Early on in their voyage, the two of them both posted lists on the 1000Days website titled, “Ten quick reasons why I like it here.” Reid’s included: “I like being with Soanya on a grand adventure. I like being king of an insecure kingdom. I feel like something good could happen.”

Her list was slightly different. It included: “It’s good to be away from commercialism, noise and stress. I found the wonderful partner to show me the magic of the sea. I’m not stuck doing something I don’t want to do. No one is telling me how to be.”

How can I tell them…? Tell them and not frighten them, without their thinking I have lost my mind.
—Moitessier, The Long Way

When the English yachtsman Francis Chichester completed the first solo navigation of the globe with only one stop, in 1967, he was knighted by the queen. When Moitessier, a sailor from French Indochina, completed a trip around the globe, in 1969, he was hailed in France as a philosopher-poet of the sea. His boat, the Joshua, is still on display in a French museum. When Reid Stowe returned from his journey, he hoped the mayor might be there to greet him. Actually, he hoped the president might greet him, though he knew that was unlikely. But it didn’t seem entirely inappropriate.

Instead, he did some newspaper and radio interviews and got booked on CBS’ The Early Show (it was later canceled) and found out he’d only be allowed to moor his boat for one night in Manhattan. So he scrambled to find a friend with a space in Hoboken. Reid is still optimistic, still full of love for the world, but he’s also confused and slightly frustrated that, for example, not a single sailor has come to visit him to ask how he completed this record-setting voyage. It’s almost as if no one understands what he’s accomplished. When he first returned, he’d been surrounded by reporters asking questions like, “What did you miss most—a hot shower or ice cream?” And Reid, fresh from three years alone communing with the ocean and having nightly revelations on the nature of love, thought, When you’re in the presence of an illuminating gift from the heavens, you don’t think, Gee, I miss ice cream. I didn’t miss a thing out there.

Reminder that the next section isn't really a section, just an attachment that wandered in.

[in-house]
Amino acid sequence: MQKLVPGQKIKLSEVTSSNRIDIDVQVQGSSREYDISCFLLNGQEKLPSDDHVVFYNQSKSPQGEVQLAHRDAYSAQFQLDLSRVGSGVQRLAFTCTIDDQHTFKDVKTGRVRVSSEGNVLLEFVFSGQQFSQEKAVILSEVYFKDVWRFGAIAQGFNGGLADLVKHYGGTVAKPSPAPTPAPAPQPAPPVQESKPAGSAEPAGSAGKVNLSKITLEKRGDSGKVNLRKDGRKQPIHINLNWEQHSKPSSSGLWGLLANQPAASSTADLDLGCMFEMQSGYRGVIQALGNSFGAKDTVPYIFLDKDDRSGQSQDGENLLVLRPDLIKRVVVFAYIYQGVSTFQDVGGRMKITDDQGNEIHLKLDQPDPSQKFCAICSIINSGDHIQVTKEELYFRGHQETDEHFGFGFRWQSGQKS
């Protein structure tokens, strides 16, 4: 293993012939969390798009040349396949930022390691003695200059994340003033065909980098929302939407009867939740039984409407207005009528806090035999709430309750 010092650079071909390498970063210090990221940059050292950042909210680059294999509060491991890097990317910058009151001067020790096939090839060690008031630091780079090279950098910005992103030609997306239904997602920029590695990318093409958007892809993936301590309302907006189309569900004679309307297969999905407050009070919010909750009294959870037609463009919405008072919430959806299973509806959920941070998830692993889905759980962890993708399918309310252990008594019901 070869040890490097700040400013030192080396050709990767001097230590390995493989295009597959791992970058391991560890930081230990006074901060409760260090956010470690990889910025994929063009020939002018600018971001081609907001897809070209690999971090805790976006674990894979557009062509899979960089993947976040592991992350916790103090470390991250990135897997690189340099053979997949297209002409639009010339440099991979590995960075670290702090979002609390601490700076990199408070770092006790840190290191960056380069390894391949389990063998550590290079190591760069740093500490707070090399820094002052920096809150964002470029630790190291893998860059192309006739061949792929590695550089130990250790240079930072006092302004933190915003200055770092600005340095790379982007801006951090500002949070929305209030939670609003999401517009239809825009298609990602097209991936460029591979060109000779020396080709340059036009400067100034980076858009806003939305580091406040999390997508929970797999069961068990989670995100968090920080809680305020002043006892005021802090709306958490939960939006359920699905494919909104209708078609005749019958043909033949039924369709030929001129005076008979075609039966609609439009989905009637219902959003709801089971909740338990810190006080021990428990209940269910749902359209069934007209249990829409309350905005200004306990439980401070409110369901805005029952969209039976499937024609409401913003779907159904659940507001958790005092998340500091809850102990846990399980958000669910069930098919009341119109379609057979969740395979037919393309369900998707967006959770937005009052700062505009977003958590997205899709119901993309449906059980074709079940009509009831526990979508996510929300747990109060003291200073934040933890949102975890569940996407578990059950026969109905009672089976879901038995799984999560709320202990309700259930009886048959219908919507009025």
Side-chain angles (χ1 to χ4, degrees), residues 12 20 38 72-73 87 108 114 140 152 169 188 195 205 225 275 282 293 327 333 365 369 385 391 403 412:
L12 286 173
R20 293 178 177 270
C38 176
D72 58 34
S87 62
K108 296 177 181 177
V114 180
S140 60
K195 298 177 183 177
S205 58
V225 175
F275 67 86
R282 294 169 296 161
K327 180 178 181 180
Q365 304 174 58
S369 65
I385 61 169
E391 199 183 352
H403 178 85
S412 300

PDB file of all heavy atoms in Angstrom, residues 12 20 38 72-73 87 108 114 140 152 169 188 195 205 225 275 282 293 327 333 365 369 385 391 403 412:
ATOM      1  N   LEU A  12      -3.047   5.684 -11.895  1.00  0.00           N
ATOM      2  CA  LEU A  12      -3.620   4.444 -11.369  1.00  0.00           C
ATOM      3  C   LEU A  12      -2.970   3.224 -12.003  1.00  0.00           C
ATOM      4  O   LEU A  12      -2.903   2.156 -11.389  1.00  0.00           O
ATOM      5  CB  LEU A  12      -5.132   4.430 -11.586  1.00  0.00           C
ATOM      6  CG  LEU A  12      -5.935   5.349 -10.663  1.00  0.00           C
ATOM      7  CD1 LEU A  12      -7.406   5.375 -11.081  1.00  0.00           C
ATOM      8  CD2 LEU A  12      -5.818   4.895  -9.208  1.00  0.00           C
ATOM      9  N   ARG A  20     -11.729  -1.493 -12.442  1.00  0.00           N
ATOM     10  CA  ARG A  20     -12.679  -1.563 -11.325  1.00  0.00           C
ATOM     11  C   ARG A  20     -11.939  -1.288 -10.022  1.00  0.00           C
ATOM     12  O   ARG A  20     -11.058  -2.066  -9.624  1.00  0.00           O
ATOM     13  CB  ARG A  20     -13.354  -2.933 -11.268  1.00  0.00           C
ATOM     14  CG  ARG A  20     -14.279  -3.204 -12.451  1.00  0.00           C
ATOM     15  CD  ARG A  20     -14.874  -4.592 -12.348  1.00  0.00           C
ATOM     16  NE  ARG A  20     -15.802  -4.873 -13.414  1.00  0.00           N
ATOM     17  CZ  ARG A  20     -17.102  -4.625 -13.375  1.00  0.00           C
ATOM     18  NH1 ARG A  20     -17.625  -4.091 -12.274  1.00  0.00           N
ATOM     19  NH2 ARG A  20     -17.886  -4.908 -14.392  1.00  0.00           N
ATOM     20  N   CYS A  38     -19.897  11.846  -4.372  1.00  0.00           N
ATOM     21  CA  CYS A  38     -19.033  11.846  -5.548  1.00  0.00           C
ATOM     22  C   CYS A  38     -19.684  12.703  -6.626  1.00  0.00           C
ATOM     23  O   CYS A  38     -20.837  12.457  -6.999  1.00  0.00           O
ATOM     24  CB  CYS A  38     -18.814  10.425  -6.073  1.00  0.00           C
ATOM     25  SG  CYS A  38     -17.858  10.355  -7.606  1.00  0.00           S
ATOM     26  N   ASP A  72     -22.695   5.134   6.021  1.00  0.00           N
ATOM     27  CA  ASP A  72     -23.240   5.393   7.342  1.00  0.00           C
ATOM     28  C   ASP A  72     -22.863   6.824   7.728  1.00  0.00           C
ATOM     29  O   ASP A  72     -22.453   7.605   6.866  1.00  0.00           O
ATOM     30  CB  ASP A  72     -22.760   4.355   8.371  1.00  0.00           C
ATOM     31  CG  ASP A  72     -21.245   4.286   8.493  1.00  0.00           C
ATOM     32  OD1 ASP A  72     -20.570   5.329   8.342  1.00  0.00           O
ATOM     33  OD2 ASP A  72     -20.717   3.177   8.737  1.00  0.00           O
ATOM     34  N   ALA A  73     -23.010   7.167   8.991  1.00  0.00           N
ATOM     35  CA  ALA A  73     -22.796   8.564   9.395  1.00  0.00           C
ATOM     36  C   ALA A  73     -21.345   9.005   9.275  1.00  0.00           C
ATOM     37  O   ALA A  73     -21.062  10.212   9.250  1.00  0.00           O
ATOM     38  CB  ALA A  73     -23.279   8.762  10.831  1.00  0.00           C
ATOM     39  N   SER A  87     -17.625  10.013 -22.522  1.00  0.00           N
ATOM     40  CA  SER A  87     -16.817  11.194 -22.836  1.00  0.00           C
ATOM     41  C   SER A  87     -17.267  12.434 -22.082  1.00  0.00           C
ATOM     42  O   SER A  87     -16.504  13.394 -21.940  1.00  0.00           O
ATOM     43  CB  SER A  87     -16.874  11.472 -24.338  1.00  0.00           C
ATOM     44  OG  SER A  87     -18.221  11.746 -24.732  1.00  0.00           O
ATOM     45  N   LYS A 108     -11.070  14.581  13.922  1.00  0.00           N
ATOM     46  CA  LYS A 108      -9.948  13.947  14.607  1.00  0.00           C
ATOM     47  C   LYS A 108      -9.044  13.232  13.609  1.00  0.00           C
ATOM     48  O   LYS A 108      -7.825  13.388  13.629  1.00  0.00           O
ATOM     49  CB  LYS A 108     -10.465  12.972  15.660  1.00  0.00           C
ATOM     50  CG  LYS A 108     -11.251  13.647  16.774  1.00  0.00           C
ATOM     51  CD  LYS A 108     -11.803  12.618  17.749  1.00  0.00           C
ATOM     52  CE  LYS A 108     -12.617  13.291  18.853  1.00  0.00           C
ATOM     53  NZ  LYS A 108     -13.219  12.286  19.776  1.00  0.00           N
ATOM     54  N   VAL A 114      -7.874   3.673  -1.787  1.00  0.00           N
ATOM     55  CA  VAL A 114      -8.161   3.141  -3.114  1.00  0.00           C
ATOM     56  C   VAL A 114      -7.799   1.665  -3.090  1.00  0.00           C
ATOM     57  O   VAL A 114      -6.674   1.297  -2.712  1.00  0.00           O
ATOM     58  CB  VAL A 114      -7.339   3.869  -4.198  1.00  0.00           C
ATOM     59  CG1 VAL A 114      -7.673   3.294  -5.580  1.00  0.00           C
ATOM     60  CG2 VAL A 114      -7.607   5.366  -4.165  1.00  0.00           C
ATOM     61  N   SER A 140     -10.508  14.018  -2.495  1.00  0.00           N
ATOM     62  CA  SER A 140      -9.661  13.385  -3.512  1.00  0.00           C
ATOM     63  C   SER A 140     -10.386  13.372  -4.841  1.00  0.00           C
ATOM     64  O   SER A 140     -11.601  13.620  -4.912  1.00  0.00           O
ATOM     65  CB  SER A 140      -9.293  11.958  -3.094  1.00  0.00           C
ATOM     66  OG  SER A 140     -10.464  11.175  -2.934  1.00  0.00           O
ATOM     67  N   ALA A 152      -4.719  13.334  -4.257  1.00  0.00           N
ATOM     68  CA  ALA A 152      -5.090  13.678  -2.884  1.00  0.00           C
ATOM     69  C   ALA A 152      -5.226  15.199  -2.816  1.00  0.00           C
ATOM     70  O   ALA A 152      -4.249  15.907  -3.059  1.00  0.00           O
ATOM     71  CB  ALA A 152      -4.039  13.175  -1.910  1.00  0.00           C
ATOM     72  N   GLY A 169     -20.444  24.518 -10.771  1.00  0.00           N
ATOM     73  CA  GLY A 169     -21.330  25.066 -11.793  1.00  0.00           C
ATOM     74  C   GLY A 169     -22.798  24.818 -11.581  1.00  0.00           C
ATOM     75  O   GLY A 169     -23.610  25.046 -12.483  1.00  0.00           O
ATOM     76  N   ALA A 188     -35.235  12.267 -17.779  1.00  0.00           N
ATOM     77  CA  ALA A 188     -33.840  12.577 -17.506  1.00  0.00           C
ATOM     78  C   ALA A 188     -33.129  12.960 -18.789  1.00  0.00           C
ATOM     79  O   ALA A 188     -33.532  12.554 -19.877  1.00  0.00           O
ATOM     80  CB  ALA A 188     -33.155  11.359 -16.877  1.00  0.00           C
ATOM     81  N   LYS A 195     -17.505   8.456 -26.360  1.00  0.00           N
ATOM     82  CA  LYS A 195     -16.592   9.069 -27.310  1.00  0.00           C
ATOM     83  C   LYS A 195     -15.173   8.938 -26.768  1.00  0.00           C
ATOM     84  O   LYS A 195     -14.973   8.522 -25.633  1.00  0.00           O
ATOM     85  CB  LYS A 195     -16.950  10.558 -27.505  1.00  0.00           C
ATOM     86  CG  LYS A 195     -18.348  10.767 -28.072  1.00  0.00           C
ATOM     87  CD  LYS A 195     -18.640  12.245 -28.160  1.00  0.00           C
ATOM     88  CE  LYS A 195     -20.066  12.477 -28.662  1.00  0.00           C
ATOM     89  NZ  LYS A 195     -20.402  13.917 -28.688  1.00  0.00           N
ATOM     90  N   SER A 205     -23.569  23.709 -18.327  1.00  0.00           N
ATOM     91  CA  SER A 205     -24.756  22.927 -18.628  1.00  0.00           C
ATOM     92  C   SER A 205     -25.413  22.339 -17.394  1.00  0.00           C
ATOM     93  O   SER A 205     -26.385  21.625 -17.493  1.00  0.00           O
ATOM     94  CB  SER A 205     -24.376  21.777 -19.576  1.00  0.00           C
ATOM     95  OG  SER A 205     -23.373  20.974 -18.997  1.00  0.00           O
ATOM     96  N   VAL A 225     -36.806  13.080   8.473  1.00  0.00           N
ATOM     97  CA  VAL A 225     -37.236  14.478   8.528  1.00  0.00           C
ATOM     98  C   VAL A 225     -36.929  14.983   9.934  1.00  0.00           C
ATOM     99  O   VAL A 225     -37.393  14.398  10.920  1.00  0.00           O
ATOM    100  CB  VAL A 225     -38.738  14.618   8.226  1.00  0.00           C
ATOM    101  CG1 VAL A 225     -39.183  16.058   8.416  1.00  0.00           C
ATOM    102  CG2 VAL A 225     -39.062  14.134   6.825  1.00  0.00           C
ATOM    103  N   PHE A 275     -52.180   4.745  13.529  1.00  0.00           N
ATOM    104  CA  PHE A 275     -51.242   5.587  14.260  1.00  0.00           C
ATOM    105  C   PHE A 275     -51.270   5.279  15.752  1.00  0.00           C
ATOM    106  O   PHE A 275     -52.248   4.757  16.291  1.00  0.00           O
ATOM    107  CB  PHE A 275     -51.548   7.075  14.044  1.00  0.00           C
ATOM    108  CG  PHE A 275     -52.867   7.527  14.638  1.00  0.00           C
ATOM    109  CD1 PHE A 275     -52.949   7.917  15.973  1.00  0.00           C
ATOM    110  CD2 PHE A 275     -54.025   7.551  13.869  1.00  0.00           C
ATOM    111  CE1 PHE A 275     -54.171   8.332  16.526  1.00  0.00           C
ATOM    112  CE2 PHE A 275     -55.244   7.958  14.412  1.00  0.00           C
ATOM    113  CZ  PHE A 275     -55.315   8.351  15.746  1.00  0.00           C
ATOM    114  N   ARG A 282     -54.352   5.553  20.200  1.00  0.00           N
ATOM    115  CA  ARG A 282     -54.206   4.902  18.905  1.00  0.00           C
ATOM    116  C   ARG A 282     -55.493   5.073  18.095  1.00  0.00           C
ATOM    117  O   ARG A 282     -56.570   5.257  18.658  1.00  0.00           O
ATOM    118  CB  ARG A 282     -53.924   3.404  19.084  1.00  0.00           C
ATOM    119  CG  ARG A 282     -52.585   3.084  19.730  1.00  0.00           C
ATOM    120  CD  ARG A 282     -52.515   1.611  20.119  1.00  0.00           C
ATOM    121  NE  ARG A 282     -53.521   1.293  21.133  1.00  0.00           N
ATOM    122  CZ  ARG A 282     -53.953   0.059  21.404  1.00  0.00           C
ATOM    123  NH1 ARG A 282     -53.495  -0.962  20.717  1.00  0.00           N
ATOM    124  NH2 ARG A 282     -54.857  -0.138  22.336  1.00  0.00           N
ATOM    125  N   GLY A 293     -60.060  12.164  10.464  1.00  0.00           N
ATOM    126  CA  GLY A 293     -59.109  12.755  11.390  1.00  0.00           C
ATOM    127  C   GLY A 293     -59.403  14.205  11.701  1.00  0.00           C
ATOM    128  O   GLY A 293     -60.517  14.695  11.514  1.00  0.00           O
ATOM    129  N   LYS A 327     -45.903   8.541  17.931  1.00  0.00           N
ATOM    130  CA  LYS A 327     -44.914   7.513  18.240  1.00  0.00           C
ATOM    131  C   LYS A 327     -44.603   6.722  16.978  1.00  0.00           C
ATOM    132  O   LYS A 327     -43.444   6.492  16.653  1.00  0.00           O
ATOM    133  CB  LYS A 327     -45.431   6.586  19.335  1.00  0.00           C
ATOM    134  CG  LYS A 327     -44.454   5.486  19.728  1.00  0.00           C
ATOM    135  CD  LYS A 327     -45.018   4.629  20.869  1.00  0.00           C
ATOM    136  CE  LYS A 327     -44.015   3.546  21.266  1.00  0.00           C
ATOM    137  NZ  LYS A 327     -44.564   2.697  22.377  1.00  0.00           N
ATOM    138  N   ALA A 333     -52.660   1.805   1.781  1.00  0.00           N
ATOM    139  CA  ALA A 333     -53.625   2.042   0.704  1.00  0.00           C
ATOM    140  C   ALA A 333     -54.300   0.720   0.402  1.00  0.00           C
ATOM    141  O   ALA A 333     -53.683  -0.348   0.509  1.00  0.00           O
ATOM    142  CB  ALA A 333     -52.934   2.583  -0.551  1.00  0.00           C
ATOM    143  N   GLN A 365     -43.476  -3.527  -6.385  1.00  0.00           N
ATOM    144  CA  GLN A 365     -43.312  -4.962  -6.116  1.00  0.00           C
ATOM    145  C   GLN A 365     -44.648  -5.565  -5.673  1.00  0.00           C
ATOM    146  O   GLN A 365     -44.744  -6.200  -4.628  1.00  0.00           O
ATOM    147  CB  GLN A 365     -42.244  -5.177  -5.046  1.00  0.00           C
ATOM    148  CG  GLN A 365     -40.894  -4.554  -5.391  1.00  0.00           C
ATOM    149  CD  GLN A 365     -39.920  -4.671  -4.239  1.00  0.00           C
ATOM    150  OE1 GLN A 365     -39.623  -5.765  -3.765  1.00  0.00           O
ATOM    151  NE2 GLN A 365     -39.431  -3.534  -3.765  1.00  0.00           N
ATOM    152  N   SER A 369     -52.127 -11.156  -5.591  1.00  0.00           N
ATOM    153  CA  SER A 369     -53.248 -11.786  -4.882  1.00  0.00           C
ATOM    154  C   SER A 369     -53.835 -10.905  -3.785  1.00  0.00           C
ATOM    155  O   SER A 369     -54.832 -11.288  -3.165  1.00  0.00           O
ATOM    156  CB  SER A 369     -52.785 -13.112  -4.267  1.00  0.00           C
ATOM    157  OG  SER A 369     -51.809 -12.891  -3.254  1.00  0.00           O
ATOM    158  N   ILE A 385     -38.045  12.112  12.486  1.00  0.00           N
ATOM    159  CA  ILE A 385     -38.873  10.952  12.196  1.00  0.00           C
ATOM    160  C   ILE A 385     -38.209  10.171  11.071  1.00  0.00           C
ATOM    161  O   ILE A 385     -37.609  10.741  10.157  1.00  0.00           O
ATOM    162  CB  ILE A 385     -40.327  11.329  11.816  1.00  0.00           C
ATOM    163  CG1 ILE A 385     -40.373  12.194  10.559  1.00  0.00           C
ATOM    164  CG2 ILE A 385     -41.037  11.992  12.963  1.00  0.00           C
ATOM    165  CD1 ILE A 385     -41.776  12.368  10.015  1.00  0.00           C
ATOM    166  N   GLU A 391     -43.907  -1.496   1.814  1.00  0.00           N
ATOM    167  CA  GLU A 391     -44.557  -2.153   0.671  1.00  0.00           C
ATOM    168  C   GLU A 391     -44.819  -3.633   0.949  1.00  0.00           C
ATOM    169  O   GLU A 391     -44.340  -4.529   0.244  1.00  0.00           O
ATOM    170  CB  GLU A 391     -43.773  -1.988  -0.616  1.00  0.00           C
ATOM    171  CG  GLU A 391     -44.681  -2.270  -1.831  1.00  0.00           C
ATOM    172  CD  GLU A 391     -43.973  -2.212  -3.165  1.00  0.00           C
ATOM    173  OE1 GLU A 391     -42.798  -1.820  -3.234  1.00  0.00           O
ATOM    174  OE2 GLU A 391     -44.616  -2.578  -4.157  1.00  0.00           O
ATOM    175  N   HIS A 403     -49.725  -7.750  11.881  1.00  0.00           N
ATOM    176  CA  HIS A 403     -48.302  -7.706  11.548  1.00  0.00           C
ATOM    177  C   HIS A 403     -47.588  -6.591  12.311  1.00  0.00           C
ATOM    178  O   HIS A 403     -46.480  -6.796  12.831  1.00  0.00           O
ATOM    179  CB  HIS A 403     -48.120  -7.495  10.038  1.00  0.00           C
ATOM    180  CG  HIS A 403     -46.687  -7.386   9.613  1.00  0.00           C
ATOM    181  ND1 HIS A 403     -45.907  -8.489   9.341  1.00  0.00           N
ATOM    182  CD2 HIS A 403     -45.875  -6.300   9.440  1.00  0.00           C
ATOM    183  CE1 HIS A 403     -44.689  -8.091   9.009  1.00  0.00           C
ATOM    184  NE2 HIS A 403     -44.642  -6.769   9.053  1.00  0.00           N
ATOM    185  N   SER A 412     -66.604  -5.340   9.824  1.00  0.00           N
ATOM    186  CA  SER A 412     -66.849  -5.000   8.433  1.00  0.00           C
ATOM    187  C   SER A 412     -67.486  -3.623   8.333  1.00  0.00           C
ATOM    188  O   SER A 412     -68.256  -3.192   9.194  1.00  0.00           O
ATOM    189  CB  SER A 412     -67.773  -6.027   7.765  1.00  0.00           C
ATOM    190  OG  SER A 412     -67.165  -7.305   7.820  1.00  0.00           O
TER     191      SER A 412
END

Moitessier would understand. Moitessier, a great inspiration to Reid as a young man, was competing in a race around the world called the Golden Globe in 1968, and he was well in the lead when he decided to change course and simply keep sailing. He explained this in a note, which he flung by slingshot onto the deck of a passing ship, that read in part: “I am continuing non-stop because I am happy at sea, and perhaps because I want to save my soul.” He later wrote that, looking back on his decision, he only regretted the inclusion in the note of the word “perhaps.”

“We’re going to have a good life now,” Reid says on the boat. “We don’t know what it’s going to be. We may not have much money, but we’ll be people who know we did something good for humanity, and everyone will know it, too. And we’ll be respected for that, and loved for that, and my son will grow up coming into that. What’s worth more than that?”